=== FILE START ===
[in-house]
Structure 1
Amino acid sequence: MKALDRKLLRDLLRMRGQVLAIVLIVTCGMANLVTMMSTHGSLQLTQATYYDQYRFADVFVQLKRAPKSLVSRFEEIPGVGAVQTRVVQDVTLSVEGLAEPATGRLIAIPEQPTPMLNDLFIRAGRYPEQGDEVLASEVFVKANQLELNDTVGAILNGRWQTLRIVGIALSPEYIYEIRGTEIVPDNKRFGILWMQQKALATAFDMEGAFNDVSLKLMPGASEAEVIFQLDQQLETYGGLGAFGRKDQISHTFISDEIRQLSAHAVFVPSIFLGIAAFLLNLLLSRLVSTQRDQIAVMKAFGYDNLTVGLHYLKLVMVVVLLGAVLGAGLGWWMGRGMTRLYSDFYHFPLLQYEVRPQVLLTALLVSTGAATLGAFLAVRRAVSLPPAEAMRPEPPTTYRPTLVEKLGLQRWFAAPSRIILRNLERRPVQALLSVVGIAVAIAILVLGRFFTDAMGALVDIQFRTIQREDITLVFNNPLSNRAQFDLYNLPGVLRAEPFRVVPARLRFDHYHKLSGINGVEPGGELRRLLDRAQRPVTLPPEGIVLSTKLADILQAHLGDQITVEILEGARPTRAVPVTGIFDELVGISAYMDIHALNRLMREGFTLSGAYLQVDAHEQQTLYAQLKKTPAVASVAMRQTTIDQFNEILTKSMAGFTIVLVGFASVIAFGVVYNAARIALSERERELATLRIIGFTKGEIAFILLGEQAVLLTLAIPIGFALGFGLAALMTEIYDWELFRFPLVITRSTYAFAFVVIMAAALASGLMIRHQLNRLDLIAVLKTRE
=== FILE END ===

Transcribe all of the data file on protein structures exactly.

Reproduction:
[in-house]
Structure 1
Amino acid sequence: MKALDRKLLRDLLRMRGQVLAIVLIVTCGMANLVTMMSTHGSLQLTQATYYDQYRFADVFVQLKRAPKSLVSRFEEIPGVGAVQTRVVQDVTLSVEGLAEPATGRLIAIPEQPTPMLNDLFIRAGRYPEQGDEVLASEVFVKANQLELNDTVGAILNGRWQTLRIVGIALSPEYIYEIRGTEIVPDNKRFGILWMQQKALATAFDMEGAFNDVSLKLMPGASEAEVIFQLDQQLETYGGLGAFGRKDQISHTFISDEIRQLSAHAVFVPSIFLGIAAFLLNLLLSRLVSTQRDQIAVMKAFGYDNLTVGLHYLKLVMVVVLLGAVLGAGLGWWMGRGMTRLYSDFYHFPLLQYEVRPQVLLTALLVSTGAATLGAFLAVRRAVSLPPAEAMRPEPPTTYRPTLVEKLGLQRWFAAPSRIILRNLERRPVQALLSVVGIAVAIAILVLGRFFTDAMGALVDIQFRTIQREDITLVFNNPLSNRAQFDLYNLPGVLRAEPFRVVPARLRFDHYHKLSGINGVEPGGELRRLLDRAQRPVTLPPEGIVLSTKLADILQAHLGDQITVEILEGARPTRAVPVTGIFDELVGISAYMDIHALNRLMREGFTLSGAYLQVDAHEQQTLYAQLKKTPAVASVAMRQTTIDQFNEILTKSMAGFTIVLVGFASVIAFGVVYNAARIALSERERELATLRIIGFTKGEIAFILLGEQAVLLTLAIPIGFALGFGLAALMTEIYDWELFRFPLVITRSTYAFAFVVIMAAALASGLMIRHQLNRLDLIAVLKTRE